Our altitude is our doom. Steadily the river vales, rich in water power, are robbing the uplands of their population. Massachusetts has built the factory and mortgaged the farm. The people of New England are rolling downhill. Our railroad, which promised immigration, has had the opposite effect. Sweet Auburn is only three quarters as big as it used to be. Says Noah, " All the spunkiest ones have up an’ got aout.” It is natural selection the other end to, —the survival of the unfittest.
Sweet Auburn is a mere skim-milk community. It consists of the ambitionless and the children of the ambitionless. We have contributed our best to the city ; the leavings remain. Our weak-willed boys get employment, from time to time, in larger towns, but back they come ere many days, like homing pigeons. The hours were excessive, the wages low, the work distasteful. They prefer Sweet Auburn. No valiant rovers are they. That is once more a matter of Darwinism. Sweet Auburn has been evolving the home-keeper for half a century. No influx from the city has disturbed the process. President Hyde put this forcibly when he said, " You can get cream from milk, but you can’t get milk from cream.”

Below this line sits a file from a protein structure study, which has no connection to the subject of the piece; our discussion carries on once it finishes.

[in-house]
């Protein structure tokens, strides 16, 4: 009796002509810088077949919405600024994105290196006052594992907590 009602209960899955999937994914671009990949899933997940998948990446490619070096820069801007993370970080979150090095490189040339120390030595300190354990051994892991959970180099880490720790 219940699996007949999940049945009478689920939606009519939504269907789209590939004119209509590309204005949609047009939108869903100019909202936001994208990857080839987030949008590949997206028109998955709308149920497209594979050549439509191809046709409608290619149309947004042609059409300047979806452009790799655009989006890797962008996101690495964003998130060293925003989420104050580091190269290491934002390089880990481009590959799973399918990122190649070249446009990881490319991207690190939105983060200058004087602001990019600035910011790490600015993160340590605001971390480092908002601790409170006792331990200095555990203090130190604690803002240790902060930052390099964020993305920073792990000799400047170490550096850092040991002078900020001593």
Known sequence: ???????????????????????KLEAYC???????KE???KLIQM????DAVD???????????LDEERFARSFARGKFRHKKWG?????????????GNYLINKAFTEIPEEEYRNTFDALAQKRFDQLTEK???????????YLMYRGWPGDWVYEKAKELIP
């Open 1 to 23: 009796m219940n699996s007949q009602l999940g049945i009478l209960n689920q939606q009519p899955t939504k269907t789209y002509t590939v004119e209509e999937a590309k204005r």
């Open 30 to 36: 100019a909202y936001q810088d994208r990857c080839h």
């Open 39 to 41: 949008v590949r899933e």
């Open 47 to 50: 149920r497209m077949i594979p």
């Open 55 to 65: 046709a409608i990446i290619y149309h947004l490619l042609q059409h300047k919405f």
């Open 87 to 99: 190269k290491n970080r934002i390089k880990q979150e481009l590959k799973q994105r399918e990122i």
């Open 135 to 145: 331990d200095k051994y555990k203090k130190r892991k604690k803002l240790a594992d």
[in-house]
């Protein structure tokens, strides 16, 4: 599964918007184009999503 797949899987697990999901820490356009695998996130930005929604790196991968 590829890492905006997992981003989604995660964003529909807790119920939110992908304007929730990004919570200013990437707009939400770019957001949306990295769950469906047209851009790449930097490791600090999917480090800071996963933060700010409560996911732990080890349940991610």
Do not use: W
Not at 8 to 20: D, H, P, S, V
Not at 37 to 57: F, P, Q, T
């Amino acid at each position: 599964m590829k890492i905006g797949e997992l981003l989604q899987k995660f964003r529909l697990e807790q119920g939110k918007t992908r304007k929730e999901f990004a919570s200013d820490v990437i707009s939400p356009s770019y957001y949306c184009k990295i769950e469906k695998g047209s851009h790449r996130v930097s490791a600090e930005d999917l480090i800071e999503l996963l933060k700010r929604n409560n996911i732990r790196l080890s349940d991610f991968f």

I hate that snail-shell domesticity. I like to see the Wanderlust triumphant, — at least, at times. The one word in the language that seems to me to epitomize the sum total of enjoyment is the sturdy little Saxon word “ go.”
“ And we go — go — go away from here ! On the other side the world we’re overdue ! ’Send the road is clear before you when the old spring-fret comes o’er you And the Red Gods call for you ! ”